Jill Jensen will be showing at the same time, so it is a "twofer" for fiber art! I am so excited to show along side of her. She is one of the wonderful fiber artists whom I have met since moving to Virginia, and who have made this move so inspiring.
There has been a lot of chatter on the internet about Pantone's announcement of the new colors for 2016; "Rose Quartz" and "Serenity".
To me and many others those colors hearken back to either baby shower wrapping papers or the geese, hearts, and ribbon decor of the eighties. Neither of which do I need to re-experience!
In one day there were several posting of sun sets or rises similar to this one that I took. Each poster noted the similarity of the colors to the ones that were forecast... maybe it was late in the day, the Pantone folks were tire and wanted to move on to cocktail hour, so they choose what they saw out the window!
The discussion reminds me of a conference I went to years ago, and I thought you might be interested in an insiders look at how some of this forecasting happens. The group I belonged to was the Color Marketing Group. This is an international group that is made up of creatives and product developers from many industries including auto, fashion, home decor, paint, flooring, etc.
If you think about it when you go to remodel your house, you want to know that there will be paints that will match your sofa and carpeting and window coverings (the industry I was involved with) . When you go purchase your car, it is nice if the seat upholstery color is in the same family as the carpet and the exterior. But all of these are made by different manufacturers so how does that happen?
At this annual meeting, we all brought three groups of information. First was the sales history, broken down many ways, of the colors that were selling now. Secondly, we brought information and samples of items that we were looking to release in the next season or two. Thirdly, we brought information and supportive evidence about colors and ideas we were just starting to look at now for use in few years hence.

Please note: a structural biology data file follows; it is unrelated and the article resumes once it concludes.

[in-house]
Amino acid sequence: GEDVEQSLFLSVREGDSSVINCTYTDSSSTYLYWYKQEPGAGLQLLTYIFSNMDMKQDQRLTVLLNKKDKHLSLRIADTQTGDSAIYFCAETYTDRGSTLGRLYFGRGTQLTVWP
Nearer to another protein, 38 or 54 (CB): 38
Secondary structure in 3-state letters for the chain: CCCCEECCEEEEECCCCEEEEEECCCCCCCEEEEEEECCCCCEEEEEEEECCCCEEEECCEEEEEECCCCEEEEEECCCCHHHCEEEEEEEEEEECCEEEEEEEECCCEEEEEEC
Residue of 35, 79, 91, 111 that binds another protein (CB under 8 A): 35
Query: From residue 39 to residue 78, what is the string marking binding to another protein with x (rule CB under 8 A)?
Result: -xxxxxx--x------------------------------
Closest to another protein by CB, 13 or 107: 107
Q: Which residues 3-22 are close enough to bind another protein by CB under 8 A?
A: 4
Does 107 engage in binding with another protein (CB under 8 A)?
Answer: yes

We then got into groups of related industries to go over this information. The discussion were not just about color. They also took into account finishes (shiny, matte, metallic, etc), materials (natural vs. plastics, new technologies, etc) and processes. It was so very interesting AND I could see where this coordination is also necessary. If the lighting industry started focusing on bright blue metals, while the carpet industry was doing something totally out of sync with that, neither would sell much. Cohesively designing a car with parts from so many industries would be impossible.
After days of discussions, opinions, facts, looking at the economy and trends, we developed color boards using the results of these discussions.
The CMG committees would then compile this information, organize it and disseminate it to their membership. This information was just that; informative. It was not dictate of what any industry should or shouldn't do, but instead was cross-industry information that they could choose to apply as much or as little to their own product design as they felt was appropriate. Many just used it as a check and balance system against their own conclusions.
It was an interesting process, and on many levels an extremely productive one. The final color recommendations were certainly not always on target but they did suggest directions.
Next time you go into a store and can not longer find that royal blue you loved three years age, or suddenly the store seems awash in an orange you never thought you would wear or see again.... this is why! But if you can't find that royal blue, just go to Goodwill, and you will probably find loads of the colors that were popular a few years ago!
If you are really into history, click here for blog posts prior to 2014 !